Well, storage losses are only about 1% for molten salt setup so it would all depend on the efficiency of the generating setup. If its efficiency is a third then about 1 joule of electrical energy would be obtained from 3 joules of stored thermal energy. But I don’t think people are very concerned about EROEI, I think they are generally more interested in whether or not they can make a buck.

  • Shiggity

    Pigeon holing storage into one type of energy source is looking at the problem wrong. Batteries don’t care what kind of energy they store, their location is what’s important. This looks at batteries at the utility level, they should be looking at the substation level, the bottleneck between distribution and generation.

  • Dan Hue

    If they mean that it would be better to overbuild than to store from an EROI standpoint, that might make some sense (mathematically), but the main issue is reliability, not GHG emissions. That’s because overbuilding does not solve the intermittency problem. And do they factor in the emissions of whatever replaces wind power when the wind does not blow and there is no storage?

    • Bob_Wallace

      Over building makes wind and solar more reliable. It’s not binary, we don’t have only conditions of “enough” wind/solar or “no” wind/solar, there are all sorts of levels in between enough and no. There are times that the wind is blowing 90% of “enough” or 70% or 40% or 15%, etc.

      The decision is whether it is cheaper to overbuild so that during the 70%/whatever you have enough or whether you fill in with stored or dispatchable energy.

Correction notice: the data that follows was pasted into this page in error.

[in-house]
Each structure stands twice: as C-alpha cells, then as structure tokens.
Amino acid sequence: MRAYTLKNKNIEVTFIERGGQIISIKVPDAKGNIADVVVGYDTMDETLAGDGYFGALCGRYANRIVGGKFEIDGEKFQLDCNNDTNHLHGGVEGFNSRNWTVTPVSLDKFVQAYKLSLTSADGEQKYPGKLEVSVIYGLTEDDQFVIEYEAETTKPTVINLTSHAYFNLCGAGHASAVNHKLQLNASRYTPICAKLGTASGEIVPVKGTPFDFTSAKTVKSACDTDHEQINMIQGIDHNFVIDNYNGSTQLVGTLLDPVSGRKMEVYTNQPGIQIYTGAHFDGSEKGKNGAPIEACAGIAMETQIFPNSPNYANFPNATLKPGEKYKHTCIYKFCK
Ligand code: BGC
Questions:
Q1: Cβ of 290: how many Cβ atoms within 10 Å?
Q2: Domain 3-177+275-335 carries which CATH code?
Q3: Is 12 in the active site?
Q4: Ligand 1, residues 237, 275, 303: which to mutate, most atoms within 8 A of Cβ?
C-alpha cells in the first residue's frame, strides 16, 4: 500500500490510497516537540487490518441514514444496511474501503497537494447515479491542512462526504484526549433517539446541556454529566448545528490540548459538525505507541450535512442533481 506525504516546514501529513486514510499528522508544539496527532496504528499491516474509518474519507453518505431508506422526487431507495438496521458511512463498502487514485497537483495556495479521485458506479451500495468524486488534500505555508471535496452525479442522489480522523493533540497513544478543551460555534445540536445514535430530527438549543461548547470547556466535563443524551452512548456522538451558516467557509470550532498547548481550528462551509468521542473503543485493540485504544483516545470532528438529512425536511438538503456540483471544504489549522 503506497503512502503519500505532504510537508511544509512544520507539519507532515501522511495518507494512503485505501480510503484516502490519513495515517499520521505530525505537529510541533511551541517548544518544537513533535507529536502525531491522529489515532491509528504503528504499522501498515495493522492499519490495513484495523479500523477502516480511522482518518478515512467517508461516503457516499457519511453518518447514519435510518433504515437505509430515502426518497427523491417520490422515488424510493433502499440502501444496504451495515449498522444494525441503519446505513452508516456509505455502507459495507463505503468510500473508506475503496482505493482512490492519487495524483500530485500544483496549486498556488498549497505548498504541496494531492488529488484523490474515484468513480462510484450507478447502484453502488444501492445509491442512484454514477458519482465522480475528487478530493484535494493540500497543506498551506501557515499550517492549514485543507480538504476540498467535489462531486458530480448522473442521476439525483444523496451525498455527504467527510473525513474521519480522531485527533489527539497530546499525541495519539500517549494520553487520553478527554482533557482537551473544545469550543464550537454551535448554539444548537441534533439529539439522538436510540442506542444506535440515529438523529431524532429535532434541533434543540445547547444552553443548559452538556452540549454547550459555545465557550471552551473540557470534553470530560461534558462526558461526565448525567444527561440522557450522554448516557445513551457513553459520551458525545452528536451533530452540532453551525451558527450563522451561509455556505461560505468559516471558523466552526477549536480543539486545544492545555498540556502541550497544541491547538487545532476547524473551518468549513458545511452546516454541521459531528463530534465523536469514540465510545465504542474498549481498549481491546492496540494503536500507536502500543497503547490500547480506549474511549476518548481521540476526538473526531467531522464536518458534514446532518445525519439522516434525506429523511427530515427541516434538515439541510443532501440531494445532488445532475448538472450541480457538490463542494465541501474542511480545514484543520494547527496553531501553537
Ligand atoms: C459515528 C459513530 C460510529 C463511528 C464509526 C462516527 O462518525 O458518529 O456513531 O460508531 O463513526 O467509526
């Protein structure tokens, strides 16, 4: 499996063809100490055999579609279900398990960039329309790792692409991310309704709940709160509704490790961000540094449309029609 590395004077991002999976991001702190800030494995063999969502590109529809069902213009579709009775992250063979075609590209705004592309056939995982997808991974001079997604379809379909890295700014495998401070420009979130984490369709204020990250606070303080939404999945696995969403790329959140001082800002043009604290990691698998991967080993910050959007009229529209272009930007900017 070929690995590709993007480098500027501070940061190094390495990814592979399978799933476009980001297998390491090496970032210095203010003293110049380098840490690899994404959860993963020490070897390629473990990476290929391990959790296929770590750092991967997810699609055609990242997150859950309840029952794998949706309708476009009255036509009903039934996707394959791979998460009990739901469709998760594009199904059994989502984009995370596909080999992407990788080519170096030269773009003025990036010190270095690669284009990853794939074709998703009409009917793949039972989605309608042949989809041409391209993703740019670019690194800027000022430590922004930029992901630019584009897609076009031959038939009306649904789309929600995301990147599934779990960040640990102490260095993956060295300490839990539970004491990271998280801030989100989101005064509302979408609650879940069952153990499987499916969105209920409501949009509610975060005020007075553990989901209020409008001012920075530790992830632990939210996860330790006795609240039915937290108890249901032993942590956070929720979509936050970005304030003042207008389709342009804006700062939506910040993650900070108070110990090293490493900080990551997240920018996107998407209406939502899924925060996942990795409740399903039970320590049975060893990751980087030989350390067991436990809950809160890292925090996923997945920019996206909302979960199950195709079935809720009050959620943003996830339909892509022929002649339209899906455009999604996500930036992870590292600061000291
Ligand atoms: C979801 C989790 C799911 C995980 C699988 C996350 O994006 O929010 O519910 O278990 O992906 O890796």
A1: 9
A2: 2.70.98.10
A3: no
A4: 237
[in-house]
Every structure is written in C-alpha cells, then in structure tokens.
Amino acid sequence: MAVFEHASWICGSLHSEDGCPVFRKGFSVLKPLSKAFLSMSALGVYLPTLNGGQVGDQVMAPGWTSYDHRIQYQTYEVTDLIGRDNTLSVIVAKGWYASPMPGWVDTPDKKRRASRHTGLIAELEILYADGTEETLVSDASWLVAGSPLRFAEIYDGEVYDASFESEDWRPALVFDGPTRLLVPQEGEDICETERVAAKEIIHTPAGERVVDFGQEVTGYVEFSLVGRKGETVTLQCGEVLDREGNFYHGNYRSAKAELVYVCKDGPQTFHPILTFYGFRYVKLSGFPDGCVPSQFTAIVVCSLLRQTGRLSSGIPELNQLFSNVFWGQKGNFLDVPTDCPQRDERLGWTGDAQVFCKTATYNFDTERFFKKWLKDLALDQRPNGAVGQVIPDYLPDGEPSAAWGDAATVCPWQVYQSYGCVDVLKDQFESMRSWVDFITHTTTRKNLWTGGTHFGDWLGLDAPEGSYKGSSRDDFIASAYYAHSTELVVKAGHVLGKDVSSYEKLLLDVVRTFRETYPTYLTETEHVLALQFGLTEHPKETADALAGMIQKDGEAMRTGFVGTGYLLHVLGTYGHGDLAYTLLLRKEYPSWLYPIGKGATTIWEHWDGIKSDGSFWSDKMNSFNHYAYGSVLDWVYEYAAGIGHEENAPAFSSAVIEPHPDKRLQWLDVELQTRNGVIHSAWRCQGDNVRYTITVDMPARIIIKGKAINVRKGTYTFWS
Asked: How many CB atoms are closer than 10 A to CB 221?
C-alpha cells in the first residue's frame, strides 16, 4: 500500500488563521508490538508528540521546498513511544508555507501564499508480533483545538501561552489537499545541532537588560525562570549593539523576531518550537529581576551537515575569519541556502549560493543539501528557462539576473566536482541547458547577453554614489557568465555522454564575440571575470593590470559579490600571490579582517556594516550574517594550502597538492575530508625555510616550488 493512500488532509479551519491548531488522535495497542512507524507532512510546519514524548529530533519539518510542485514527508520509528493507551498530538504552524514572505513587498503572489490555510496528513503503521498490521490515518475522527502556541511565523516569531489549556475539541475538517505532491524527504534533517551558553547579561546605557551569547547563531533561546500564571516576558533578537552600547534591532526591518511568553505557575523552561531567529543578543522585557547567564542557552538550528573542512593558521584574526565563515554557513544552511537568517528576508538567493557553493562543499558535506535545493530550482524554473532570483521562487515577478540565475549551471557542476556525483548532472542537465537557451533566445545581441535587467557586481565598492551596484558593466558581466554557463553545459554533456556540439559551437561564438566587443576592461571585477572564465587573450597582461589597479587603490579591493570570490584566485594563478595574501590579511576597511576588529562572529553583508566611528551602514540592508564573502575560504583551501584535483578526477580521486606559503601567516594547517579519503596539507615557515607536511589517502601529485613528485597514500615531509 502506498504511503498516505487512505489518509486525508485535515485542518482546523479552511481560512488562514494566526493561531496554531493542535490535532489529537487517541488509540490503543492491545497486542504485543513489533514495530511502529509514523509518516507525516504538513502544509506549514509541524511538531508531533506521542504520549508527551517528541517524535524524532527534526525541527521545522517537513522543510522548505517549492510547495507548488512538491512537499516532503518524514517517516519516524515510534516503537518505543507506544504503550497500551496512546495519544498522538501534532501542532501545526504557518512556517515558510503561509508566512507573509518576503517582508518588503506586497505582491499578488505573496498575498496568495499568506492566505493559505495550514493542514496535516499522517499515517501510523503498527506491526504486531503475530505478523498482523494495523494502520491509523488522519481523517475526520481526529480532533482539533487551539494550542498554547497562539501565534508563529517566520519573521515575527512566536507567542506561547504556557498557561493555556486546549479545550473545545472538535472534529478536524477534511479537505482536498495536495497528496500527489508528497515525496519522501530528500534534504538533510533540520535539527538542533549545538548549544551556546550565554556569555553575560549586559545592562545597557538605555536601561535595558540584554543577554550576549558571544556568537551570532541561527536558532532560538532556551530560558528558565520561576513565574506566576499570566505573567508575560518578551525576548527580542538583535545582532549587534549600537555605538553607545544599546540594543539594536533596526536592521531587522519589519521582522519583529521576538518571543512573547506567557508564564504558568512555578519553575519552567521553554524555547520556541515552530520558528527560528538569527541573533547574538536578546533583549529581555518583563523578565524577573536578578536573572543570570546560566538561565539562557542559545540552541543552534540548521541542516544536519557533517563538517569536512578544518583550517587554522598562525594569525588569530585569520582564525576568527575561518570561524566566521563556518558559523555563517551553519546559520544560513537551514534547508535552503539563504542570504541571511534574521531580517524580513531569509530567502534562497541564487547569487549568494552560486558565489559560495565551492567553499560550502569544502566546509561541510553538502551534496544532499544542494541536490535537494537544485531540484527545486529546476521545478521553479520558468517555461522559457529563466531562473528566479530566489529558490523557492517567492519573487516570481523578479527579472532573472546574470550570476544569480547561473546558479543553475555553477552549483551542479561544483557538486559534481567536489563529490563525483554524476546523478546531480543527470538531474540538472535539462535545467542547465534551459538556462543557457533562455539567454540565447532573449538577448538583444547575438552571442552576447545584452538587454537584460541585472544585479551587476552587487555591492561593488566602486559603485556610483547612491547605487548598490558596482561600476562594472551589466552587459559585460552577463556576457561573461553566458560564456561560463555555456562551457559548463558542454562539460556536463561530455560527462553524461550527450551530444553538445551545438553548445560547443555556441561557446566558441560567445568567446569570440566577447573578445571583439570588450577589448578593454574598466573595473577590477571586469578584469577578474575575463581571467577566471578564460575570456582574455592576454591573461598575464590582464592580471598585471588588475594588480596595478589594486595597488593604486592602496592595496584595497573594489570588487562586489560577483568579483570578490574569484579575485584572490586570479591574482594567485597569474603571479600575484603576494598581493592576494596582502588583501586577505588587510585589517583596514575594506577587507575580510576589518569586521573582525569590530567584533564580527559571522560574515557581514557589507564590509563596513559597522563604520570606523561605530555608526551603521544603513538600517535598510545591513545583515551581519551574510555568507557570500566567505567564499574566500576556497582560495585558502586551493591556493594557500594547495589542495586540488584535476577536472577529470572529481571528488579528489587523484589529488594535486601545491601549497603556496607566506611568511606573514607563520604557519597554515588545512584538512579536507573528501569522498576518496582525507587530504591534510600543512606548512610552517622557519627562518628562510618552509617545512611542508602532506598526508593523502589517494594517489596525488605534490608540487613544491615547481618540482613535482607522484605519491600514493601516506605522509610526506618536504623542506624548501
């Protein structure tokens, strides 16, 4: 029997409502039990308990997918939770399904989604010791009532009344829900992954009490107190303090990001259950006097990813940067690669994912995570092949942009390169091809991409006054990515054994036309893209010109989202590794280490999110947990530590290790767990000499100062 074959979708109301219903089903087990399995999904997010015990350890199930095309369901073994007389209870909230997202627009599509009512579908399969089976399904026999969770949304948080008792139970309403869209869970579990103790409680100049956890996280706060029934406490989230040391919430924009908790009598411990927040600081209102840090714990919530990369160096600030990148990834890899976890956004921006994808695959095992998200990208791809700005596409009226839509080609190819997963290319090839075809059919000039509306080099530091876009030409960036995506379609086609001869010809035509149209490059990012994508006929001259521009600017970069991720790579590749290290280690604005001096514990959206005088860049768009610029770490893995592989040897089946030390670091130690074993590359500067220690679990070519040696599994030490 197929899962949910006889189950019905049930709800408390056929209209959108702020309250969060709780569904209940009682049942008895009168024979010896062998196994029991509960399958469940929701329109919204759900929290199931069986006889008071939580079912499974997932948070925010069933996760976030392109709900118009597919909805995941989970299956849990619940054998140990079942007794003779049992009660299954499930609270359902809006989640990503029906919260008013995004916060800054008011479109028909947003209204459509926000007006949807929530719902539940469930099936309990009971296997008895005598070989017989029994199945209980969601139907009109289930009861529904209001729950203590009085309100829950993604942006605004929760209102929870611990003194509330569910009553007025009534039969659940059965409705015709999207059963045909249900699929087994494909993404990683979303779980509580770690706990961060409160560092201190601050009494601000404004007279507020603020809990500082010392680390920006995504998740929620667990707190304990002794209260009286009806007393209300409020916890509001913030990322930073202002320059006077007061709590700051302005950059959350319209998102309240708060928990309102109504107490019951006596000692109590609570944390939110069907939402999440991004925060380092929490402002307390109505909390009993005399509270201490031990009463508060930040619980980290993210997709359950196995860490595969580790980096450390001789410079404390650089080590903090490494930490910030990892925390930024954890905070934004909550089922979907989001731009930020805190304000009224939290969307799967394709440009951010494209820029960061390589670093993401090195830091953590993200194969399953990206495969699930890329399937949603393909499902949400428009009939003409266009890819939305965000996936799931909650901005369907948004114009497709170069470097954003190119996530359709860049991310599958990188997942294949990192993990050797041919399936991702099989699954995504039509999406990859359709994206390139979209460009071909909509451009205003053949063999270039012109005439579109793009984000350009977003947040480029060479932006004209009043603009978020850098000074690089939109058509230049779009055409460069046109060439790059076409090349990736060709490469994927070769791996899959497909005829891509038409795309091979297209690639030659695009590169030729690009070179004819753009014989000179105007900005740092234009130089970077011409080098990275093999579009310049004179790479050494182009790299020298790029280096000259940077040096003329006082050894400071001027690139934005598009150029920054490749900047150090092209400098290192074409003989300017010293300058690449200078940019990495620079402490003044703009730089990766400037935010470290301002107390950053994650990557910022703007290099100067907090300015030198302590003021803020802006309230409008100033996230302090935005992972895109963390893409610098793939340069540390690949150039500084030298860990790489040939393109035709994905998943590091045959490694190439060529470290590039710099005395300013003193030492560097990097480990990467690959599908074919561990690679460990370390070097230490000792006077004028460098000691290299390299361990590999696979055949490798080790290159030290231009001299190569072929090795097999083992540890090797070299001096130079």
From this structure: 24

If it costs 4c/kWh to generate wind electricity and 10c/kWh to store it, then over building, to some level, is going to make financial sense.

      • Dan Hue

        I guess I don’t really understand the notion of “overbuilding”, when renewables still have such low overall penetration. Before we even start considering storage, we should improve grid interconnection (to smooth RE supply) and more flexible demand (to more closely align RE supply and demand).

        But I see your point though (and that of the article)… Even in that ideal situation where we have optimized the generation of RE over the largest integrated area possible, there could be times when actual renewable power generation is not enough, and in that case, over-sized wind farms working at (say) 50% capacity could be better from an EROI than normal-sized ones plus some storage.

        • Bob_Wallace

          Where we are and where we could go are two different issues. Clearly we don’t need storage (on a large scale) yet and neither are we anywhere close to making a decision about overbuilding.

          What we’re doing now is considering how we could solve our carbon problem with the technology we have. And that leads us to a discussion of where we might best put our efforts to find new technological solutions.

          Overbuilding generation, at some scale, would be cheaper than installing storage, given the current cost of generation and storage. A major improvement in storage would change the math.

          We can look at the Budischak, et al. paper and be assured that we could get off fossil fuels using current technology and do it for an acceptable price. With today’s storage options it would mean a fair amount of overbuilding. Cheaper storage would decrease the need to overbuild.

      • marque2